Sea cadets get dose of Marine life in chamber

25 Sep 2000 | Lance Cpl. Charles W. Palmer IV

The Navy Sea Cadets visited the Nuclear Biological Chemical School here Sept. 23 to learn the importance of NBC safety.  They were given the same class Marines receive including instruction on NBC first aid and how to properly wear a Mission Oriented Protective Posture suit.

The cadets were issued suits to wear.  After suiting up, they marched to the gas chamber where they received a safety brief before entering the gas chamber.

They entered the chamber in MOPP 4, which included the suit, boots, gloves and mask, and executed the same movements of taking the mask off, putting the mask on, and clearing the mask. The only difference was the gas chamber was not full of gas.

Following the gas chamber, the cadets were given the opportunity to run the obstacle course in MOPP suits.

They were continually asking questions and had a thirst for knowledge, said Cpl. Joshua R. Liles, an instructor at the NBC School.

"These kids want to learn this stuff," said Liles.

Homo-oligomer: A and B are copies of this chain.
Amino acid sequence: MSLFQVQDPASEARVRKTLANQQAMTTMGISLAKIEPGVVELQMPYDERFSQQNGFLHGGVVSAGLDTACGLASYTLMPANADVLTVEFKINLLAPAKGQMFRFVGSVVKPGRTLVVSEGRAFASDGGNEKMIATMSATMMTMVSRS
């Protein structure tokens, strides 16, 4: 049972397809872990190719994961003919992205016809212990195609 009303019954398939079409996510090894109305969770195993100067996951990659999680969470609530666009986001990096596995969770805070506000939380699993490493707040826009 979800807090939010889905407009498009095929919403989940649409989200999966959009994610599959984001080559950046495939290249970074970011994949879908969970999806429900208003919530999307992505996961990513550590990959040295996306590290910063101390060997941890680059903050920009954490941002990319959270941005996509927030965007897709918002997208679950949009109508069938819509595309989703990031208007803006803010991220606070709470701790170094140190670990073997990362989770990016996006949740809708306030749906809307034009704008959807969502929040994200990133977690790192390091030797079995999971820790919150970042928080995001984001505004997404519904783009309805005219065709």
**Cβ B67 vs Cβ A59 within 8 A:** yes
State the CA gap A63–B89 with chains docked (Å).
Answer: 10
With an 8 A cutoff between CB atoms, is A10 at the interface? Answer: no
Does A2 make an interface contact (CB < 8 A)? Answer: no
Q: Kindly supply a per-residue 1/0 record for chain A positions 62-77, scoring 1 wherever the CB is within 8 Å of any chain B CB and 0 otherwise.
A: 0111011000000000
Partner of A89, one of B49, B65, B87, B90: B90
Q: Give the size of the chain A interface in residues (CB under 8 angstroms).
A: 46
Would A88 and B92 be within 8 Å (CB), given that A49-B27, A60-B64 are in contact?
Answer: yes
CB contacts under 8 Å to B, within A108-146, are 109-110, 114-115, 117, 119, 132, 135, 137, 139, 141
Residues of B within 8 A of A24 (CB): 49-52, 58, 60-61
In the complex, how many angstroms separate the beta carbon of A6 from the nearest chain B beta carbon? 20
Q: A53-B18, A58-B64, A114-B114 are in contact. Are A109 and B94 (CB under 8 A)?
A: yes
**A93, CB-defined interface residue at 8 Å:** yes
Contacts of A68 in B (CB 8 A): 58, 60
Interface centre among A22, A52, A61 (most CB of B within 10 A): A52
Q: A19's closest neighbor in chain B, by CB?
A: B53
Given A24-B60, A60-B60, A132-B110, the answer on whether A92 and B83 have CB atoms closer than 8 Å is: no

"These kids really enjoy this.  They don't even realize they're in a class.  They just think its fun," said retired Chief Warrant Officer-4 Daryl W. Hardwick.

The program is designed to increase self-esteem, teamwork and patriotism, said Hardwick.

Not only is this program good for its cadets but they have fun too.

"The program is really exciting.  I mark each drill on my calendar as my favorite days.  I tell all my friends to join and I love wearing my uniform to school," said Cadet Seaman Apprentice Terry L. Pullen, 15, of Wilmington.

"It keeps me of the streets and out of trouble," said Pullen.

"I've been in military youth programs all of my life and Sea Cadets has given me more opportunities for hands on learning," said Cadet Seaman Kimberly B. Hobbe, 14, of Wilmington.  "We learn to work as a team and improve our bearing as individuals."